When we first wrote about David Hertz's Panel House, it was described as a "large, comfortable thermos". We liked it for its innovative use of refrigerator panels and other high-tech ideas. However after reading about it in the New York Times, we are reconsidering its virtues. The owner, Thomas Ennis, demolished a cottage where Jim Morrison once lived to build this 3,500 square foot glass and steel house with five car garage in the basement, complete with every energy consuming gadget that Ennis, an inventor, could think up. Push the button for the fire pit and flames leap out from a gas jet under a decorative bed of aluminum shavings on the living room floor. An elevator runs from the five-car basement garage to the living room and kitchen on the first floor to a landing outside the bedrooms on the second floor to a terrace on the rooftop.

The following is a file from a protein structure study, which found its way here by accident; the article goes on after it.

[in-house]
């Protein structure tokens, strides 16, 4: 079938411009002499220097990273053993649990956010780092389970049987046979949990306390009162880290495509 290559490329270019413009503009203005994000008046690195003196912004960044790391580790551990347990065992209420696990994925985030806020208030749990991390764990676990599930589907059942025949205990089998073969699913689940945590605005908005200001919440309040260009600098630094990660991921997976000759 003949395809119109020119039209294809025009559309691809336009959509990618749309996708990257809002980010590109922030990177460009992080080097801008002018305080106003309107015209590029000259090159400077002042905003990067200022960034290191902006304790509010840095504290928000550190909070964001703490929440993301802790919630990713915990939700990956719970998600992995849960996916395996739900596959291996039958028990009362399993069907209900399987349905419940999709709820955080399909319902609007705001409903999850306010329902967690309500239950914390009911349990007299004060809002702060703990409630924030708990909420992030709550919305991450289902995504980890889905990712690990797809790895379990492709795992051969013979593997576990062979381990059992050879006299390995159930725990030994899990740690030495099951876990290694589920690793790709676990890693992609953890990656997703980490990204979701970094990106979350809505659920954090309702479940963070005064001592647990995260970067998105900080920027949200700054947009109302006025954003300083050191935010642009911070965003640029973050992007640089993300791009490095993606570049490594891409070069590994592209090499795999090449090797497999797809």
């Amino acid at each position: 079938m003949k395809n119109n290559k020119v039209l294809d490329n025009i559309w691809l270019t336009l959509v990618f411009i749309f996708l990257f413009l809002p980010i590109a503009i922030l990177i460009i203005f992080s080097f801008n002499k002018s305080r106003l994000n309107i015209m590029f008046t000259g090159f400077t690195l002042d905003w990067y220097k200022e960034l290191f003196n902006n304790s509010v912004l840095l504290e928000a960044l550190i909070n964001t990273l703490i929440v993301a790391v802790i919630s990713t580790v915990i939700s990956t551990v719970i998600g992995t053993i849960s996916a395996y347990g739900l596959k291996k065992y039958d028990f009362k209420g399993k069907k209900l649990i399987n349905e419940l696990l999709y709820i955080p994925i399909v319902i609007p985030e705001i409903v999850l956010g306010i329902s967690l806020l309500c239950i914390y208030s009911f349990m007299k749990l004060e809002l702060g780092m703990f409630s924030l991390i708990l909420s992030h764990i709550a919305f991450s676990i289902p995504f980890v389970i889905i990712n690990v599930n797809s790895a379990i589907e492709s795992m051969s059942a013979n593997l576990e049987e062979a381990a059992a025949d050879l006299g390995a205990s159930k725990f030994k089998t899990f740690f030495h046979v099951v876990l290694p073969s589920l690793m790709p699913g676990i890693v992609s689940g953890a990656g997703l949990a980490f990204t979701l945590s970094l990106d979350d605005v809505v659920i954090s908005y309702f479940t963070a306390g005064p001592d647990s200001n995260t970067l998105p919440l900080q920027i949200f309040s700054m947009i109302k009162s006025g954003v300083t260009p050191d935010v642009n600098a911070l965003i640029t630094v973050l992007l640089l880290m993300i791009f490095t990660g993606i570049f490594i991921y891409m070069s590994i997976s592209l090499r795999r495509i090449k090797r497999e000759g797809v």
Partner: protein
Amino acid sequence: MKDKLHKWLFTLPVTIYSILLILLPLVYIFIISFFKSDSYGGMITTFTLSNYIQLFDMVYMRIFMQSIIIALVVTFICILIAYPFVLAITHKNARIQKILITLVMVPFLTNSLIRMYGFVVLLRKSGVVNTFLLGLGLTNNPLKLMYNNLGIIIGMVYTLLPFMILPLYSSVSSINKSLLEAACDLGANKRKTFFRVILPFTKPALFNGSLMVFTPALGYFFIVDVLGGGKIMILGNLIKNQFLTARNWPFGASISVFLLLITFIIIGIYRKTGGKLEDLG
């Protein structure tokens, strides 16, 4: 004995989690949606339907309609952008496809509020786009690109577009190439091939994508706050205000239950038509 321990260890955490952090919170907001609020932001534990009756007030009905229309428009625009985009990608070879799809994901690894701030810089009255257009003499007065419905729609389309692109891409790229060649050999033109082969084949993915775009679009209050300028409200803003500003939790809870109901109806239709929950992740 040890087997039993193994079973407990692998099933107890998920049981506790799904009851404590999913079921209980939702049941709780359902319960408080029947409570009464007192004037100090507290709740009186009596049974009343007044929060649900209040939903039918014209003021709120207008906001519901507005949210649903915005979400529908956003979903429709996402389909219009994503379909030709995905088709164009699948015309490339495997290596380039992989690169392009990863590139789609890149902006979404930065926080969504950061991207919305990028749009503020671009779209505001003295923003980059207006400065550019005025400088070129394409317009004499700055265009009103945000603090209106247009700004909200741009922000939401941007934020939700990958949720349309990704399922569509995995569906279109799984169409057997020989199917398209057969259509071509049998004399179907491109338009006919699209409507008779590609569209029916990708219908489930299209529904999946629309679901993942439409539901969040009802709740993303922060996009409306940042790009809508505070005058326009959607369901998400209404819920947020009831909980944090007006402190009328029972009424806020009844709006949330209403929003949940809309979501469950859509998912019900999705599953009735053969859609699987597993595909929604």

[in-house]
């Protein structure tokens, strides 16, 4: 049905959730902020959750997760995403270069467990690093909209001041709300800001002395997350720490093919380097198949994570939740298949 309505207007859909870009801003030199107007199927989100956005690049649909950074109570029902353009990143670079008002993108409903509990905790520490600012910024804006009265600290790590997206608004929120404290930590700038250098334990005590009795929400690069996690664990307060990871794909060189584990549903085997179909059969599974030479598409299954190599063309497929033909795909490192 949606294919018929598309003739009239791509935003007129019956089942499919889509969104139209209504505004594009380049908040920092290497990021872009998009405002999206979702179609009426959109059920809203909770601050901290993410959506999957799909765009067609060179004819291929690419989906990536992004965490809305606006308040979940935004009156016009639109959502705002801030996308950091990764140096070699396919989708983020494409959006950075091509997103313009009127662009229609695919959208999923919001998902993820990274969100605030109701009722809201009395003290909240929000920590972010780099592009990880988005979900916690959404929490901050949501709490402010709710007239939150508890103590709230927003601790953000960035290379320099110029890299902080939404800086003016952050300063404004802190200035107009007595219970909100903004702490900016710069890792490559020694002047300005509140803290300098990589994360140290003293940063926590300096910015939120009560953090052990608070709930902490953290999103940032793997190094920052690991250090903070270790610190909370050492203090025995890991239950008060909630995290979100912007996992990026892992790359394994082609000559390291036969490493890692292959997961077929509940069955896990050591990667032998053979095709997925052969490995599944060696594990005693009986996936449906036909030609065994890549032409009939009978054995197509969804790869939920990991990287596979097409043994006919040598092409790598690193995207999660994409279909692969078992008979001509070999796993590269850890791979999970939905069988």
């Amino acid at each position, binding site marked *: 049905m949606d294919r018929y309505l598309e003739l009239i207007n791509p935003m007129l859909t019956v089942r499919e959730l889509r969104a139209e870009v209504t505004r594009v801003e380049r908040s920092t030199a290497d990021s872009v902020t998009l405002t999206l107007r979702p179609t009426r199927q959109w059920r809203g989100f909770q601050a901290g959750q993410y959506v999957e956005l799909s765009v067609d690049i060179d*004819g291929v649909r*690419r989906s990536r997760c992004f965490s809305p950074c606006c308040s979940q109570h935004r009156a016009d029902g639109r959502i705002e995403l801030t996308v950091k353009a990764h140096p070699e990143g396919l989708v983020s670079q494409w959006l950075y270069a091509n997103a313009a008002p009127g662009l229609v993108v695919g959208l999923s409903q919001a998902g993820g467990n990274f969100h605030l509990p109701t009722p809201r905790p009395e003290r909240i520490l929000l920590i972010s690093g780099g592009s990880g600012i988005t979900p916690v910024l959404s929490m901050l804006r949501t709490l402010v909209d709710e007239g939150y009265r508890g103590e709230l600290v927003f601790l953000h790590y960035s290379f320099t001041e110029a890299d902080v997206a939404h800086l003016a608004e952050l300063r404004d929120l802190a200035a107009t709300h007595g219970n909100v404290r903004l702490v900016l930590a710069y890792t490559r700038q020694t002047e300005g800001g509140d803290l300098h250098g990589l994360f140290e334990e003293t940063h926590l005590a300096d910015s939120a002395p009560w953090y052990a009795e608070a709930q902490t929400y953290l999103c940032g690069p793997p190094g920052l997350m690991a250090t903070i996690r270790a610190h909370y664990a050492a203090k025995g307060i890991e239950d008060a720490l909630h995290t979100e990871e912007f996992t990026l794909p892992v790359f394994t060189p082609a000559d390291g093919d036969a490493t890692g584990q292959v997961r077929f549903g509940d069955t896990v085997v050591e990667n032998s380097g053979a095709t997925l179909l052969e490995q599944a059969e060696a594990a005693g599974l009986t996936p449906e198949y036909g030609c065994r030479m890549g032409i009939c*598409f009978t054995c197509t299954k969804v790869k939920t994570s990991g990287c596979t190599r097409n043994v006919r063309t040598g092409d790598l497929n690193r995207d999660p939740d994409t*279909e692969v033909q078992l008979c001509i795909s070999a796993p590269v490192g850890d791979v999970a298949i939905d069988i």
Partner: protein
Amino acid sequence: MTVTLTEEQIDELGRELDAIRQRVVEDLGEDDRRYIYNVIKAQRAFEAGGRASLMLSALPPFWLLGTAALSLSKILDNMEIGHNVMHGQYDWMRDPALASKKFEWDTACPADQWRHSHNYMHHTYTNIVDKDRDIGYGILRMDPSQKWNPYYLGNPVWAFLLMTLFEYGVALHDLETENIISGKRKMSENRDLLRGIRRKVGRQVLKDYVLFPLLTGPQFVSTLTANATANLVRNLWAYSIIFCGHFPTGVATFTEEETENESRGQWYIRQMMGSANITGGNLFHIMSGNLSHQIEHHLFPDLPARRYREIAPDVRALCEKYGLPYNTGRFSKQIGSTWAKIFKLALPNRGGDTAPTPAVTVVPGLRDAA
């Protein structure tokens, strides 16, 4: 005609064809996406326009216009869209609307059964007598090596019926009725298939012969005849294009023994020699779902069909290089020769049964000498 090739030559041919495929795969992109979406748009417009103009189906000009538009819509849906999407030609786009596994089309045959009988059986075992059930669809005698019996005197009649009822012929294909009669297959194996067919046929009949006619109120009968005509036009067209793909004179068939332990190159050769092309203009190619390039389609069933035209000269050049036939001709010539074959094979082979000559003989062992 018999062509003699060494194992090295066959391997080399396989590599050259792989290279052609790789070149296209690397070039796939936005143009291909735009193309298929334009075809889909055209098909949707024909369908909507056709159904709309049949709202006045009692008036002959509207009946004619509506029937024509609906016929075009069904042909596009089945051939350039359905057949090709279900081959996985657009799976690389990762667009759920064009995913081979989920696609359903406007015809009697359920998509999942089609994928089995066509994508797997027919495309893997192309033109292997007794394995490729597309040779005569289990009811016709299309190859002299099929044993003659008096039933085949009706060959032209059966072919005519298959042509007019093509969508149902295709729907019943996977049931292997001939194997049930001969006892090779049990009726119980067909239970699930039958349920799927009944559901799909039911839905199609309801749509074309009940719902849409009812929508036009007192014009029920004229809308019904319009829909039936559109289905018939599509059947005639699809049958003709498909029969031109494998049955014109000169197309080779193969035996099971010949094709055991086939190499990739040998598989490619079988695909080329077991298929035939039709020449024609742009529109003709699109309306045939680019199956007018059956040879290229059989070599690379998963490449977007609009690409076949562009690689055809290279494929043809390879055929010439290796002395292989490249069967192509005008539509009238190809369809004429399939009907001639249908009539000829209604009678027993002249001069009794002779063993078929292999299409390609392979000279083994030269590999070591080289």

Built for about $1.2 million, the house insulates Mr. Ennis from the California sun with MeTecno-API Century Walls, lightweight, prefab panels of aluminum stuffed with urethane foam — more typical of a refrigerated building than a beach house — that snap into place in less than a day. ("They'll keep ice frozen in the desert," said Eric Jurus, MeTecno's sales manager.)
The downside to such insulation is that when the house gets hot, it stays hot. Mr. Ennis insisted on air-conditioning, but his architect was resistant. Mr. Hertz built the house so that it channels rising heat through a staircase and out of a bank of skylights, which open automatically using temperature sensors."
So it is a fridge with glass doors that the architect designed to ventilate naturally, but it has air conditioning to compensate for the gas fireplace in the living room floor. Sigh. ::New York Times